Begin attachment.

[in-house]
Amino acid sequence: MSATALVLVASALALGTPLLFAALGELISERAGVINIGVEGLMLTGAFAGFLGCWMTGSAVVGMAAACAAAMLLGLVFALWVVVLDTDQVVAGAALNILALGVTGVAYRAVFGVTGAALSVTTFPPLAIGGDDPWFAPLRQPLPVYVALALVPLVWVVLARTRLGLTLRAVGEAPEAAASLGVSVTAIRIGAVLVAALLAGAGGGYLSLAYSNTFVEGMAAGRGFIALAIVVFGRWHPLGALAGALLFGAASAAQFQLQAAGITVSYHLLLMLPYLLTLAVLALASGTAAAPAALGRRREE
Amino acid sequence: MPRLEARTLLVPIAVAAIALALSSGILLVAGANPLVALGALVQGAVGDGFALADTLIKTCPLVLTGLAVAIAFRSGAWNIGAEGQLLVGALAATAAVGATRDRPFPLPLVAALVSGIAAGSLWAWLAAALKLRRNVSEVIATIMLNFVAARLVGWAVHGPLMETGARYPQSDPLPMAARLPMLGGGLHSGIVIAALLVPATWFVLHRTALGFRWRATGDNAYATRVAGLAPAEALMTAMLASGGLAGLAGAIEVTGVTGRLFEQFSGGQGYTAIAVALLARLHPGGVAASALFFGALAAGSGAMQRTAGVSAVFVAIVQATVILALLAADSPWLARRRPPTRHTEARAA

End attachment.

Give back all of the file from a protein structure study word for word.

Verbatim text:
[in-house]
Amino acid sequence: MSATALVLVASALALGTPLLFAALGELISERAGVINIGVEGLMLTGAFAGFLGCWMTGSAVVGMAAACAAAMLLGLVFALWVVVLDTDQVVAGAALNILALGVTGVAYRAVFGVTGAALSVTTFPPLAIGGDDPWFAPLRQPLPVYVALALVPLVWVVLARTRLGLTLRAVGEAPEAAASLGVSVTAIRIGAVLVAALLAGAGGGYLSLAYSNTFVEGMAAGRGFIALAIVVFGRWHPLGALAGALLFGAASAAQFQLQAAGITVSYHLLLMLPYLLTLAVLALASGTAAAPAALGRRREE
Amino acid sequence: MPRLEARTLLVPIAVAAIALALSSGILLVAGANPLVALGALVQGAVGDGFALADTLIKTCPLVLTGLAVAIAFRSGAWNIGAEGQLLVGALAATAAVGATRDRPFPLPLVAALVSGIAAGSLWAWLAAALKLRRNVSEVIATIMLNFVAARLVGWAVHGPLMETGARYPQSDPLPMAARLPMLGGGLHSGIVIAALLVPATWFVLHRTALGFRWRATGDNAYATRVAGLAPAEALMTAMLASGGLAGLAGAIEVTGVTGRLFEQFSGGQGYTAIAVALLARLHPGGVAASALFFGALAAGSGAMQRTAGVSAVFVAIVQATVILALLAADSPWLARRRPPTRHTEARAA